Peter Werehire

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Kenyan researchers step up trials for genetically altered crops in bid to fight hunger

Left: A man holds a harvest of a GM maize variety at the Kari research station in Kiboko, Makueni County. National field trials for genetically modified maize (BT maize) have reignited interest in the bid by government and private companies to use science to produce more food. NATION MEDIA GROUP PHOTO

National field trials for genetically modified maize (BT maize) have reignited interest in the bid by government and private companies to use science to produce more food cheaply.

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Researchers urged to ensure improved seeds they produce reach farmers

By Daniel Semberya

Africa is a drought-prone continent, making farming risky for millions of smallholder farmers who rely on rainfall to water their crops. Maize is the most widely grown staple crop in Africa – more than 300 million Africans depend on it as their main food source – and it is severely affected by frequent drought. Drought leads to crop failure, hunger, and poverty.

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Scientists allowed to release GMO seeds for field trials

The National Biosafety Authority (NBA) has allowed researchers to release Genetically Modified Organism (GMO) crop for field trials, marking a new turn is the raging debate over adoption of biotechnology plants.

NBA board met on Thursday last week and made the decision following the application by a group of scientists seeking the permission for the release of the crop for field trials.

English

Kenya Has Capacity to Grow GMOs, Parliamentarians Say

Ten Kenyan parliamentarians drawn from various house committees have assured scientists of their support in biotech research. They said this after touring various agri-biotechnology research facilities during a biotechnology travelling workshop in Nairobi organized by ISAAA AfriCenter, the African Agricultural Technology Foundation (AATF) together with Kenya Agricultural and Livestock Research Organization (KALRO) and the National Commission for Science Technology and Innovation (NACOSTI) with partners.

English

EDITORIAL: Discuss GMO robustly

By BUSINESS DAILY

A request by scientists to the biosafety regulator for the release of genetically modified maize seeds is bound to reignite debate on just how tightly the country should embrace biotechnology.

The Kenya Agriculture and Livestock Research Organisation and the African Agriculture Technology Foundation have been researching on the production of insect-protected maize since 2007, followed by field trials in 2012.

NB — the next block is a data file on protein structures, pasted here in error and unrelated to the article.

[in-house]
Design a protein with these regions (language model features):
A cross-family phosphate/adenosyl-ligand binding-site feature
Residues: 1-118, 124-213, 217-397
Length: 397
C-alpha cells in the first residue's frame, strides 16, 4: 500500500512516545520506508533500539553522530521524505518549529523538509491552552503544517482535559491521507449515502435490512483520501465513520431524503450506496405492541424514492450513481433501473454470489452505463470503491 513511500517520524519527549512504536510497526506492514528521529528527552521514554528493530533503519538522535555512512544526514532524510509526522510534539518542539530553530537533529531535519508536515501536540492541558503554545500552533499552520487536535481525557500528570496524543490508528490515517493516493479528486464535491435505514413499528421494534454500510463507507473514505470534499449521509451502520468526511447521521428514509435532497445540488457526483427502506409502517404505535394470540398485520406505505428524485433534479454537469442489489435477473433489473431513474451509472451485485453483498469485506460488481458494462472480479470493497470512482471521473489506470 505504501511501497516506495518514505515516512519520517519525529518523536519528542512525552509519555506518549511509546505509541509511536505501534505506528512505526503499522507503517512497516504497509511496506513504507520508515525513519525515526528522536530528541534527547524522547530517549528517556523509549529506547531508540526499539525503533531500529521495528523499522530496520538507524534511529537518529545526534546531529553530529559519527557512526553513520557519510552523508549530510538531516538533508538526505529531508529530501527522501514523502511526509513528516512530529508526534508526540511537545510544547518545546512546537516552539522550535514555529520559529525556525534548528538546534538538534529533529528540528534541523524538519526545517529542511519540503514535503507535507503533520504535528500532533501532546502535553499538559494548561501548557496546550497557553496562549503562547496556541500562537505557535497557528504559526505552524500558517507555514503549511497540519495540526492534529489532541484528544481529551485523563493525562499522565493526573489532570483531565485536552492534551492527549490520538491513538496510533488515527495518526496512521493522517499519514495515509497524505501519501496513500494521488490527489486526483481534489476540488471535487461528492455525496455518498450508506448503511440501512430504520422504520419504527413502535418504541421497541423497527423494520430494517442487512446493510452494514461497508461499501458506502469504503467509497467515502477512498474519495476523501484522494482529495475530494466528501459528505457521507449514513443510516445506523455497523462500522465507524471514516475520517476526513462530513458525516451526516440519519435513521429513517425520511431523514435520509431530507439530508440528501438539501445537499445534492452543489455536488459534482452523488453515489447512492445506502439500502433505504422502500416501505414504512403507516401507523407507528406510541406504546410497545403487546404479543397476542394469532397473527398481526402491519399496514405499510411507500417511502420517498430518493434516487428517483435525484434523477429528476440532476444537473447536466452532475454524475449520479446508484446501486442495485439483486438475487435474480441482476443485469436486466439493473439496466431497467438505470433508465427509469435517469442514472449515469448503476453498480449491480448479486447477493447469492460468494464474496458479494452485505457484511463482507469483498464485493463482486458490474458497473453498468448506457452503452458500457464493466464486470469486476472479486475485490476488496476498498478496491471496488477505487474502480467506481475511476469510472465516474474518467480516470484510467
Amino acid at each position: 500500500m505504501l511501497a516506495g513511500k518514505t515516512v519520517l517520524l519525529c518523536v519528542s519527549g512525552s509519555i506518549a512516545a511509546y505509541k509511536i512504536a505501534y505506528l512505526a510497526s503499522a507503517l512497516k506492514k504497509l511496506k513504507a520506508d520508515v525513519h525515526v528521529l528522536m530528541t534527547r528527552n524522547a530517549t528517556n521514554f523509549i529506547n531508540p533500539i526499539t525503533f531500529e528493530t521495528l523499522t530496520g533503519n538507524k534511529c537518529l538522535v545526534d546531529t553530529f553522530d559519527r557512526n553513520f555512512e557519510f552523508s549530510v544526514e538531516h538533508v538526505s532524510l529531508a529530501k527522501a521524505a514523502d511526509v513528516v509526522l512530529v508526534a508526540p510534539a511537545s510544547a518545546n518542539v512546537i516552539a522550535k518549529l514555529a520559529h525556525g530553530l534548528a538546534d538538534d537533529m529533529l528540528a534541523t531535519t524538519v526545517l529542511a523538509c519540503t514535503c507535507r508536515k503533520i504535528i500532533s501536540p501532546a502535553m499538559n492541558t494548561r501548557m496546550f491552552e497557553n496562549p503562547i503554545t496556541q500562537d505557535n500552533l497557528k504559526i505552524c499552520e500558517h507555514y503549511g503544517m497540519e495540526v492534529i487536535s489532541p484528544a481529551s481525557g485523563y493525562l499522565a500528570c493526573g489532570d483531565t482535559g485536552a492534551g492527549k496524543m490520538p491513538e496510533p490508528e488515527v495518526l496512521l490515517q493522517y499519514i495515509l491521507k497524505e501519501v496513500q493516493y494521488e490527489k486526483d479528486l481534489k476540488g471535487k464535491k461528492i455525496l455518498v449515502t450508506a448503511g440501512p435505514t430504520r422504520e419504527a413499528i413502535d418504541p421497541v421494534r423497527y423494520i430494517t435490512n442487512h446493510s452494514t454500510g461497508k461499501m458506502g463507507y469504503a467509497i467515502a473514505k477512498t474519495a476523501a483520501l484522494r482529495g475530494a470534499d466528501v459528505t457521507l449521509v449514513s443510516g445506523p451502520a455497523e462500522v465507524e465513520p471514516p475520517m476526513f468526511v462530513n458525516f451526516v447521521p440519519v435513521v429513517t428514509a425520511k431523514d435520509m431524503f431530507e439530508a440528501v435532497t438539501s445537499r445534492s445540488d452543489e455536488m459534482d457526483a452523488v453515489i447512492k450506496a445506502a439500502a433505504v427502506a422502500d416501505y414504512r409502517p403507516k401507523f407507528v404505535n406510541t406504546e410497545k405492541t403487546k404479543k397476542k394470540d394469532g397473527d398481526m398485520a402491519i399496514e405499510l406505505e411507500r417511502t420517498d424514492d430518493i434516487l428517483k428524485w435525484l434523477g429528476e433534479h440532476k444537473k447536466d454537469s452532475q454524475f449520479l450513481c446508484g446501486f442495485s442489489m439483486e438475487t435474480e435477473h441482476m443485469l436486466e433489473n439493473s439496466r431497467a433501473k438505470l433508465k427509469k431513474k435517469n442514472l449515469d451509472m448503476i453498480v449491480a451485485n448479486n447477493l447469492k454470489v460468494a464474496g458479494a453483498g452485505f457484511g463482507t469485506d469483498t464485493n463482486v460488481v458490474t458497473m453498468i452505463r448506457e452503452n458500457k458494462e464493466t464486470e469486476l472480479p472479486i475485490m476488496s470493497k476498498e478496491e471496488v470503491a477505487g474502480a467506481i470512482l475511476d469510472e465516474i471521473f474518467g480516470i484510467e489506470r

English

New GMO maize ready for Kenya

Scientists are lobbying for approval to commercialise a genetically modified maize variety.

“Globally, Bt maize has been proven to effectively control stem borer and improve maize grain yield and quality due to reduced pest damage,” Eliud Kireger said yesterday.

Kireger, the director general of the Kenya Agricultural Livestock and Research Organisation, spoke at Kalro headquarters.

The National Biosafety Authority published a notification last week seeking views from members of the public on approval of Bt maize.

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Efforts Underway to Develop Maize Varieties Tolerant to Drought, Pests

As effects of climate change continue to hit farmers growing cereal crops, especially maize, scientists in a number of African countries are trying to develop drought-resistant varieties to overcome this challenge. Increasing incidences of drought in Africa are affecting maize production, a major staple crop, which resulted in frequent crop failures. However, the challenge in plant breeding is developing maize that is tolerant to drought.

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WEMA releases new drought-tolerant maize varieties in South Africa

The Water Efficient Maize for Africa (WEMA) project marked another milestone this year with the release of two conventional drought-tolerant maize hybrids in South Africa in September 2014. The approval for commercialisation was granted to the Agricultural Research Council of South Africa following their application for Variety Listing submitted in late 2013. Farmers began testing the two hybrids in demonstration plots during 2013/2014 season with positive results and feedback.

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New WEMA products available for licencing

The WEMA partnership has released nine new maize inbred lines for licensing. These are WMA1202, WMA2001, WMA2002, WMA4413, WMB4002, WMB8804, WMA8827, WMA8828, and WMA9902 (see details at http://wema.aatf-africa.org/stewardship/products-commercialisation-and-licensing-program)

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WEMA wraps up phase 1 and ushers in phase II

The Water Efficient Maize for Africa (WEMA) project marked the end of the first phase of the Project (2008-2013) and ushered in the second phase (2013-2017) during its fifth annual review and planning meeting in February 2013 in Nairobi, Kenya.

English

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